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CMH Manufacturing Company
Mold design in permanent mold casting is different because solidification occurs much more rapidly than in sand casting. However tilt pouring allows better filling of the mold with minimum turbulence and controlled thermal gradients to establish directional solidification towards a riser.
The rigidity of a permanent mold necessitates some differences in the application of these principles. It is essential that the entire casting and its gating system be removed with a simple parting from the mold. Removal must be possible without excessive mechanical force on the casting or without excessive abrasion of the mold coating. A CMH front ejector will ensure that the casting draws straight and pulls with the movable mold half.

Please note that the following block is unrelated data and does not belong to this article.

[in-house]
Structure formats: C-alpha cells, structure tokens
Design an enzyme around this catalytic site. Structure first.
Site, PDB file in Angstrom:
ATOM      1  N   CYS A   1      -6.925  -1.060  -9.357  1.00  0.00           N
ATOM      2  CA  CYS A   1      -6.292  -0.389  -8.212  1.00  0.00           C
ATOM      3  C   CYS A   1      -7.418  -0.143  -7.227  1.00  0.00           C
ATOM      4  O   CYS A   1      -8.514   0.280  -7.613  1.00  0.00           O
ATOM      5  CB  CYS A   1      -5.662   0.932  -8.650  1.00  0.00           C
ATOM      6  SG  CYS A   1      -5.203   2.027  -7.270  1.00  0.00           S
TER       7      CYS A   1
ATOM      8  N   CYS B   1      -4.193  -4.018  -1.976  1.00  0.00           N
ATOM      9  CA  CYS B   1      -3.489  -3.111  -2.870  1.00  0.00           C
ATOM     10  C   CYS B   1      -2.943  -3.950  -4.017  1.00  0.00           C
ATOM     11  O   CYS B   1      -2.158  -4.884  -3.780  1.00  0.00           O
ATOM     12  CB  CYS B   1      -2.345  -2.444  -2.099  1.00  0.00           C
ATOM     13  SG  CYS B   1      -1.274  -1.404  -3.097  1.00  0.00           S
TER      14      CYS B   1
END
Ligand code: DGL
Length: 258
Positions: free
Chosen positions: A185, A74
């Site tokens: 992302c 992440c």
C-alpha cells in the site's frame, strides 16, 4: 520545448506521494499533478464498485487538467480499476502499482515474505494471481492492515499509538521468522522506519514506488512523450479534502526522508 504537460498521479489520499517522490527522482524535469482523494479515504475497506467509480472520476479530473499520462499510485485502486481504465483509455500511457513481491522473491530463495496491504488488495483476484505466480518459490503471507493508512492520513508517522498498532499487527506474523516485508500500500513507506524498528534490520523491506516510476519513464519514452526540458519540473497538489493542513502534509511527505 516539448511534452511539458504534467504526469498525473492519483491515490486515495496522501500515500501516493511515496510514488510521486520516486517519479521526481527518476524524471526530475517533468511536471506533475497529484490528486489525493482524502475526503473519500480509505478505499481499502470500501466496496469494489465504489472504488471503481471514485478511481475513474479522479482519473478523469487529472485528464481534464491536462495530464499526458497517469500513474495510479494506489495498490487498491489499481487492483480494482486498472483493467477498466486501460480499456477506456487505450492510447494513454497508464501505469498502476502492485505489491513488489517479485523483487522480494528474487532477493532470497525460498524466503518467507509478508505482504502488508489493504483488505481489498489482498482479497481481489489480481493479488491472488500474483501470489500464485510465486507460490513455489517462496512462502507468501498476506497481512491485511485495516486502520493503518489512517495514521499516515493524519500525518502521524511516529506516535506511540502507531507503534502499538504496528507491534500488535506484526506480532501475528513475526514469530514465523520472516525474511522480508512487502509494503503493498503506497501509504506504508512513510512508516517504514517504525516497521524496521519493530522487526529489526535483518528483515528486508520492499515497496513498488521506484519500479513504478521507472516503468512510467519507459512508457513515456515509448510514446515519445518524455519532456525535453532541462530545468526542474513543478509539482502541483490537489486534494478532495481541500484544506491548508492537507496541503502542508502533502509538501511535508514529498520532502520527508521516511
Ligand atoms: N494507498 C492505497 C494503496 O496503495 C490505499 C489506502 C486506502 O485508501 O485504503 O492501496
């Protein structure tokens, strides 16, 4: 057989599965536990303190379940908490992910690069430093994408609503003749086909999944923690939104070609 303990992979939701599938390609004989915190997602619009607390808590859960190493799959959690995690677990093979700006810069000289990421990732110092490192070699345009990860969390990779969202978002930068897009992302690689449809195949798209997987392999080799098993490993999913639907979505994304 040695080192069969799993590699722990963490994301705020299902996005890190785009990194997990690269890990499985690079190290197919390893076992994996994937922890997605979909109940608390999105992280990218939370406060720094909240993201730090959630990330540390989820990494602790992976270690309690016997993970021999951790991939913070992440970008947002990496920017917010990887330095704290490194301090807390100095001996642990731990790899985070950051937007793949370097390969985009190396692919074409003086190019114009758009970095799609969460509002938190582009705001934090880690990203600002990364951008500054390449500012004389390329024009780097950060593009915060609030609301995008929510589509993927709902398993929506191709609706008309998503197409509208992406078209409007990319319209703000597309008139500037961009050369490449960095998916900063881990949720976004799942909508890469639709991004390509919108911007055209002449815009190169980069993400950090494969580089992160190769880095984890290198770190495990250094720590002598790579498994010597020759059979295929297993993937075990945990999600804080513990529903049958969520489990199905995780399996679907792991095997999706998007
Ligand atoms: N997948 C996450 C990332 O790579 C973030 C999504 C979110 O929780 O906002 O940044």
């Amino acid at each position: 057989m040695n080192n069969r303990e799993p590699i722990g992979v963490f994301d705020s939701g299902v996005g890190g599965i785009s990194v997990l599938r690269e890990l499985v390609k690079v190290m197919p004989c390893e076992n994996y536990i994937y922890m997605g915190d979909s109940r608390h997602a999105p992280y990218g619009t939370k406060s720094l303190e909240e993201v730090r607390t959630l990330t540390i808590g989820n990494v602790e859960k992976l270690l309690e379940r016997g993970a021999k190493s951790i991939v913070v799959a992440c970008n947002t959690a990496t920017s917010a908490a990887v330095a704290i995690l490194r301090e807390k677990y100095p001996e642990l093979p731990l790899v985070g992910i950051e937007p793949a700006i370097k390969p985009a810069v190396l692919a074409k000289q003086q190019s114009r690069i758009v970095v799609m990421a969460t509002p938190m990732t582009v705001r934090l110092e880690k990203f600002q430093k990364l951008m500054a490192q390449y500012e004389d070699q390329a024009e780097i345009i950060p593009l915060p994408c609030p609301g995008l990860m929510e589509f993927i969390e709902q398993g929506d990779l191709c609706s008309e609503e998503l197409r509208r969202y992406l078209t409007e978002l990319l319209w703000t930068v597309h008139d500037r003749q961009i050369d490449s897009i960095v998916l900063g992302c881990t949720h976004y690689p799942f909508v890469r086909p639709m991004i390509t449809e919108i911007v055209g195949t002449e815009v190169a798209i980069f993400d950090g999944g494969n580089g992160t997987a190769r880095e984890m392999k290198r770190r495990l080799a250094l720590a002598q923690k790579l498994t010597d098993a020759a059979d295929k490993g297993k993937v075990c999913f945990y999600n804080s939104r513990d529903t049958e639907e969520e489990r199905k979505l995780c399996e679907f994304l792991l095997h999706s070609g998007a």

Heavy sections are generally placed on the parting line to permit feeding. Sprues, runners, gates and risers are also placed on the parting line so they can be stripped with the casting. The casting and gating system must be arranged to promote directional solidification starting in the remote areas and progressing towards the riser. Due to the wide variation in cross sectional area of commercial castings it may be necessary to use highly conductive chills, air cool, water cool or take advantage of varying the mold wall thickness in order to promote directional solidification. Adequate gravity head should be provided to ensure filling of all parts of the cavity.
Ample flat area should be allowed to seal against metal leakage at the parting line. Two inches at the bottom and one and one half inches at the sides is normally enough to seal molds up to thirty inches square. Caution must be used when designing molds not to make them too rigid. The parting line is the hottest portion of a mold, and each face of the mold/platen assembly will run progressively cooler (see Figure 1). Different heating of the mold will cause the mold to open at the parting line. In order to prevent mold warping at the parting line, over all mold thickness should be held to a minimum and stiffening ribs should not be used.